Of course, processors are not confined to PCs or servers, but in fact almost all devices employ processors of some kind – from your alarm to your smartphone. However, and as the person who published this video by Intel, in this case we will explain how it is made, or what it contains in the product processor.
How to create Intel processor
In a space that is no bigger than a finger nail, the processor puts billions of tiny "switches" inside. transistors, which are the factors that make the processor work.
Once we know that, we will look at the process of producing processors, from their design until they reach our homes.
Before we become the "square" we get in our home when you buy a processor, it all starts with a simple idea at the head of company builders. These structures work closely with engineers and designers to create the first sketches of how the tool should work. These skirts, when they all agree, are final plans, complete with transistors, circuits and layers.
These layers are important, and the processor can contain up to 30 of them. Some layers contain transistors, some interfaces between layers that are different in a particular configuration to maximize their efficiency.
Transistors, such as "switches", can be turned on and off to represent those and the zeros of the binary system used at combinations of up to 5 billion times per second.
Template and mold creation
When designers, engineers and designers are happy with the design they have put into the plans, the project is referred to "Mask Ops", the engineers in charge of incorporating the design into a template that can be used once the processor is created.
To do this, the electron pulse (Electron Bean Machine) repeats this design on 6 × 6-inch quartz pieces, 1/4 inch thick. These components are called masks (Masks), and are later used to translate the internal rotation of the processor into silicon wafer. It is a type of mold, and it takes more than 50 Masks to make every layer of the processor.
The production process
As soon as all the masks are needed to process the processor, they go to the production stage and those Masks are sent to the factories, called Fabs. This is where these molds will be used to hold the circles in the frame, which you have seen many times before. Obviously, these waffles are not in that state, and before they go through the chemical process of converting sand (silicon) into the cakes we know.
The "print" mask on the wafers, using a technique called photolithography, where a the electron gun
This must be done with every masker to create layers of each chip. So, hundreds and even thousands of small chips can fit into a single die. And, once we are done, we move on to the next step in the processor process.
The preparation process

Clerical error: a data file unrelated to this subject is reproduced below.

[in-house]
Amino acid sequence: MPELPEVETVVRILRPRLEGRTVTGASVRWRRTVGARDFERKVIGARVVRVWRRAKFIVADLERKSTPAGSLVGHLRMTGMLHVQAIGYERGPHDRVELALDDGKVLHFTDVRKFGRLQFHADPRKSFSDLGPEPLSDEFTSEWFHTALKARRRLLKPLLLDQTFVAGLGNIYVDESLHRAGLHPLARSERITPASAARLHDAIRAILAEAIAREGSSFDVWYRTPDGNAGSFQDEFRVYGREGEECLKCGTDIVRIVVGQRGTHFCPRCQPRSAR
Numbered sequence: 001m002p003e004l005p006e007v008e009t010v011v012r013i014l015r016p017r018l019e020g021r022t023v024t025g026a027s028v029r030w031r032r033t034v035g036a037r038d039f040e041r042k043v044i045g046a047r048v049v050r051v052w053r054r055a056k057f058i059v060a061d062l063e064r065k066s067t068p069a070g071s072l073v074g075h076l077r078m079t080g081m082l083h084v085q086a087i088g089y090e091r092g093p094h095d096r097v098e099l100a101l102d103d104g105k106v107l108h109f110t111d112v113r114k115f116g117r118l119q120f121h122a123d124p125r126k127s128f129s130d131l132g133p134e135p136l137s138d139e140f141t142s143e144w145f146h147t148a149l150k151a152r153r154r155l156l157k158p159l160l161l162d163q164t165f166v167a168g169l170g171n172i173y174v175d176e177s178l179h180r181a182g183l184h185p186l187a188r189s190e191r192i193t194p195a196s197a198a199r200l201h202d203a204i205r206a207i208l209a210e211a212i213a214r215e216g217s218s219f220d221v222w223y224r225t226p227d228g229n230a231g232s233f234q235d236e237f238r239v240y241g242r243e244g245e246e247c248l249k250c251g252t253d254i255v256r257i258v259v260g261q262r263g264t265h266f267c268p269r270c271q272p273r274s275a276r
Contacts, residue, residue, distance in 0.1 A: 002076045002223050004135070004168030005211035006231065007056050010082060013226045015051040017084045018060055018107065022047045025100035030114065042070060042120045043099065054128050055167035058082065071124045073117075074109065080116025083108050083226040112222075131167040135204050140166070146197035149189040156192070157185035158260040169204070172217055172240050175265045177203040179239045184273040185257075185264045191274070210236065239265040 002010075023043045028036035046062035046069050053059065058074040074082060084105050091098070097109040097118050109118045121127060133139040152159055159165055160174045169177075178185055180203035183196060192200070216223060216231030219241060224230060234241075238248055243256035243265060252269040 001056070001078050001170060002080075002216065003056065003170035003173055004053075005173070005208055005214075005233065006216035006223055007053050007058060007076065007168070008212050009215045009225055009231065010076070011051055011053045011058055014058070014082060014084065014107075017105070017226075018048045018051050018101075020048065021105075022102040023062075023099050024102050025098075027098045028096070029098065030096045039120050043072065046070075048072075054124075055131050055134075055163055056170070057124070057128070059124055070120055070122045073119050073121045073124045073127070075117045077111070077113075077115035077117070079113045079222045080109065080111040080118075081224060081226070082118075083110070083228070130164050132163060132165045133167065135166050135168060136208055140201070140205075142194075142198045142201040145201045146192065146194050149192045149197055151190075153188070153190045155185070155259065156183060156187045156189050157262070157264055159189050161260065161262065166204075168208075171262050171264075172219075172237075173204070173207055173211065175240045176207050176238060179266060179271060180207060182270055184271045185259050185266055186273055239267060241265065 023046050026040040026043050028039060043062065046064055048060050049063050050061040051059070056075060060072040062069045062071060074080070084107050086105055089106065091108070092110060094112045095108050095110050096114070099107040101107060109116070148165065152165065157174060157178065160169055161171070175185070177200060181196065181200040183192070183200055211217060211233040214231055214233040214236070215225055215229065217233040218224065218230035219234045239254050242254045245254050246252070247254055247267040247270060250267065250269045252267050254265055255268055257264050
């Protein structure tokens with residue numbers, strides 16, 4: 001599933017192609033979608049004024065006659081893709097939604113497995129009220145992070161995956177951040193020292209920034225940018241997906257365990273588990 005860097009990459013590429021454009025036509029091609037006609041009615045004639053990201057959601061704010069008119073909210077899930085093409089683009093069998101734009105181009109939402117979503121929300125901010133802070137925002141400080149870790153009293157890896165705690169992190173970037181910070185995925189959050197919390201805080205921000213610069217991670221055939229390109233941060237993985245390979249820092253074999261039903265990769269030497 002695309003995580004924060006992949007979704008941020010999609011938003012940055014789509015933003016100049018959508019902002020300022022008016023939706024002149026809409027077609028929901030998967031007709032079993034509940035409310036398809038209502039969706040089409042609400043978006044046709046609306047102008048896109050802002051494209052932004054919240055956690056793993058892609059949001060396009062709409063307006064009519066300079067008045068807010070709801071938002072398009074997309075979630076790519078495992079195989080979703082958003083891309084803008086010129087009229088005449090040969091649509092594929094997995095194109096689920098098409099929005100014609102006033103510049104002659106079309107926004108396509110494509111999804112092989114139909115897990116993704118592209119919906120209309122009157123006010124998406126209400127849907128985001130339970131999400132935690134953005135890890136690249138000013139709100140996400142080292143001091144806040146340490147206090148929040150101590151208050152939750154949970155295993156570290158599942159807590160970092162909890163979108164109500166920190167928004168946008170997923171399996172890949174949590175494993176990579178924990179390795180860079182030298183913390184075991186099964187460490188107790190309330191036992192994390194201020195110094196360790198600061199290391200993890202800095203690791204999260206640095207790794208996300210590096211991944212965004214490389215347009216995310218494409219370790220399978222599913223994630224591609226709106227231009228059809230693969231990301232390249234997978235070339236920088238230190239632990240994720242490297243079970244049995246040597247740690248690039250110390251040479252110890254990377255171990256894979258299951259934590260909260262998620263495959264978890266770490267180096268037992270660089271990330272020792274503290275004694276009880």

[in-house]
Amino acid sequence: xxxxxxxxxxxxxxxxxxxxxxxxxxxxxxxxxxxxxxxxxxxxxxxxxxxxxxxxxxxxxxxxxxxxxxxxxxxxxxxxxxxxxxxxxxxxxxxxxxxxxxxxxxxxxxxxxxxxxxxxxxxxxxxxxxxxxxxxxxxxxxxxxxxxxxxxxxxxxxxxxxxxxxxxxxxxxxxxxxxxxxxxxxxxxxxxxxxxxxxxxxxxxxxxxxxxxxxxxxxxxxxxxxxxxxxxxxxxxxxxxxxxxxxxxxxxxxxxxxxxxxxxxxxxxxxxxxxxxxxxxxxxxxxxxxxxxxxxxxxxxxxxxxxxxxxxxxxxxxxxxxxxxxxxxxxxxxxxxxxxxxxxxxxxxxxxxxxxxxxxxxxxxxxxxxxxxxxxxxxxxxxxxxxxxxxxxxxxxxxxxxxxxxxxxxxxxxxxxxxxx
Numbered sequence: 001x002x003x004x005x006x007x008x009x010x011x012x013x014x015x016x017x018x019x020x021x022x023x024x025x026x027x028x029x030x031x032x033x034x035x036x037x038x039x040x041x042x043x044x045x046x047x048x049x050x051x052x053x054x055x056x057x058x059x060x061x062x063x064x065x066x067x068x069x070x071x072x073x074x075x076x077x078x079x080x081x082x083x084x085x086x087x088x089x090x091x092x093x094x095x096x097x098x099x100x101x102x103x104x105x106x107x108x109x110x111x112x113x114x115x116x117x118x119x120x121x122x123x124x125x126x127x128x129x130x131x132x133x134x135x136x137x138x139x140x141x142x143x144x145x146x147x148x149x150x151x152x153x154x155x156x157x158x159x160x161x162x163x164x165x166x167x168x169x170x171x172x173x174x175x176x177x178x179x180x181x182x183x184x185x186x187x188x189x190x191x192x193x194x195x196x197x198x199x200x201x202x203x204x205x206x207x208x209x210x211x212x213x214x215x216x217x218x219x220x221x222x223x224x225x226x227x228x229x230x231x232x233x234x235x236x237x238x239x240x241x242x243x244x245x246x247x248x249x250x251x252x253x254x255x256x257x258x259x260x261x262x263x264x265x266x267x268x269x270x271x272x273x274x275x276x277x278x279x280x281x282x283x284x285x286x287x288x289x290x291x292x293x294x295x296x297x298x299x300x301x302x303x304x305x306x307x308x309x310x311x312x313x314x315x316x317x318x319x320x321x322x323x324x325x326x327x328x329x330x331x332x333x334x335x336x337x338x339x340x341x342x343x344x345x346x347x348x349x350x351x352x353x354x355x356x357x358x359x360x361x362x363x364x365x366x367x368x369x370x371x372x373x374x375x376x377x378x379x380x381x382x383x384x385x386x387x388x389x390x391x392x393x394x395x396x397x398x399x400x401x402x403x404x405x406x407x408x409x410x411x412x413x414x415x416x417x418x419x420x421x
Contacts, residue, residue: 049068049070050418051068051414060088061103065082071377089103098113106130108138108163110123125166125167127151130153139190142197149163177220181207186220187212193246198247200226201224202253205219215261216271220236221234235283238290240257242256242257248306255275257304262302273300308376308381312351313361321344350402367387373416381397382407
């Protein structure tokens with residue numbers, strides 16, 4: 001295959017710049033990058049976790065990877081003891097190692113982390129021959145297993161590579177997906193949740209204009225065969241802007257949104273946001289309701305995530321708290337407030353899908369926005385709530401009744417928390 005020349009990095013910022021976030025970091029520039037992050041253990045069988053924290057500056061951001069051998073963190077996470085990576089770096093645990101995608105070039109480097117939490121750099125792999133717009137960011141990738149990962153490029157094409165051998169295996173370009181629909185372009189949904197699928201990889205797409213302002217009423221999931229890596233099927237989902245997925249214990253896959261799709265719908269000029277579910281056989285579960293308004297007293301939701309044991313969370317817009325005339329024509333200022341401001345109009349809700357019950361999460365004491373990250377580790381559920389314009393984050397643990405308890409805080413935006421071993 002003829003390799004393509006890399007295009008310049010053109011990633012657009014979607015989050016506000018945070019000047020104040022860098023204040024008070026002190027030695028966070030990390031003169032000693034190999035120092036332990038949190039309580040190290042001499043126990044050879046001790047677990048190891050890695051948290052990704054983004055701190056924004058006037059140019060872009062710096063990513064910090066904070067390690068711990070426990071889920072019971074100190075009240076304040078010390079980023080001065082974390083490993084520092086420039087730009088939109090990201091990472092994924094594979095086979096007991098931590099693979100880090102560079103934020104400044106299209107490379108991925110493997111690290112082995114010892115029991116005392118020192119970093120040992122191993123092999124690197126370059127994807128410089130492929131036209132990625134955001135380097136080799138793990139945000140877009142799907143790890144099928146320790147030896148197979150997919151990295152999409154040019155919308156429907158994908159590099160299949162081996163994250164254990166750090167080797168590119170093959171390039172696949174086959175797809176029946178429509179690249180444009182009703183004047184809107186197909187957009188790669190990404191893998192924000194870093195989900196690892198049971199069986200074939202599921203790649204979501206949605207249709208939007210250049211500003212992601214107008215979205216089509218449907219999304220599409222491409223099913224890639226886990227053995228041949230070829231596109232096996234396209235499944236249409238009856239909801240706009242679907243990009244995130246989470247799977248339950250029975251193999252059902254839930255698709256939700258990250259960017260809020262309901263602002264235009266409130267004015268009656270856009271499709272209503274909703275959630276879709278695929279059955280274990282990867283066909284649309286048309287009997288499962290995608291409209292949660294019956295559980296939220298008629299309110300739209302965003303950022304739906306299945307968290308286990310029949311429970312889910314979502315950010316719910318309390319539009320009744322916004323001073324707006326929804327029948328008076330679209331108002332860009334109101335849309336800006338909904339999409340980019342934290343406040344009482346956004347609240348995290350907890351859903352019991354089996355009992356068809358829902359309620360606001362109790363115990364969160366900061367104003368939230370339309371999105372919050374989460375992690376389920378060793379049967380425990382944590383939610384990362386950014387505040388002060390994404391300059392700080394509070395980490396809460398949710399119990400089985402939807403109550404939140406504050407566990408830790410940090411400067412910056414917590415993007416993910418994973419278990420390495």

Once we have the cleaning supplies in place, we move on to the preparation and planning phase. Basically, a wafer contains hundreds or thousands of chips, and you have to cut them straight so you can separate all these temperatures from one another so we can use it in processors. In this case, the most accurate laser cutting equipment is used.
The result of this process is the death we all know, which is technological. When the chips are sliced, another machine transfers them to the next stage of preparation.
In the following section, the chips are put in a sort of rolled-up tire to be able to fly, because they have to be exported to other Intel Fabs: those to be assembled and tested.
Meeting and evaluation
At this stage, engineers test each chip individually and remove chips that do not work well or that do not meet the manufacturer's quality standards. If they pass the test, the chips will be placed on a passage with hot flashes (IHS), creating what we all know as a processor. This process is called assembly.
This outer packaging protects the chip from all damage, including shock, wrap or burn. This subfield has in its basement all the contacts needed for the processor to work in conjunction with the motherboard where we plug it in, of course.
When the assembly process is complete, the processor goes to the final step before it reaches us, which is stored.
Innovations and warehouses
In this final step, processors are placed in their boxes, along with heatsinks, instruction manual and more, and they are all bundled together. This is a product we will eventually buy.
From here, Intel sends its processors to OEM manufacturers, distributors and the entire sales network around the world, who will sell PCs through the already installed installation process, or will send that to stores where we can buy the processor.
You've seen it. From the moment the processor is designed to reach our homes, it goes through a complex process that happens to just about everyone, and involves hundreds of people.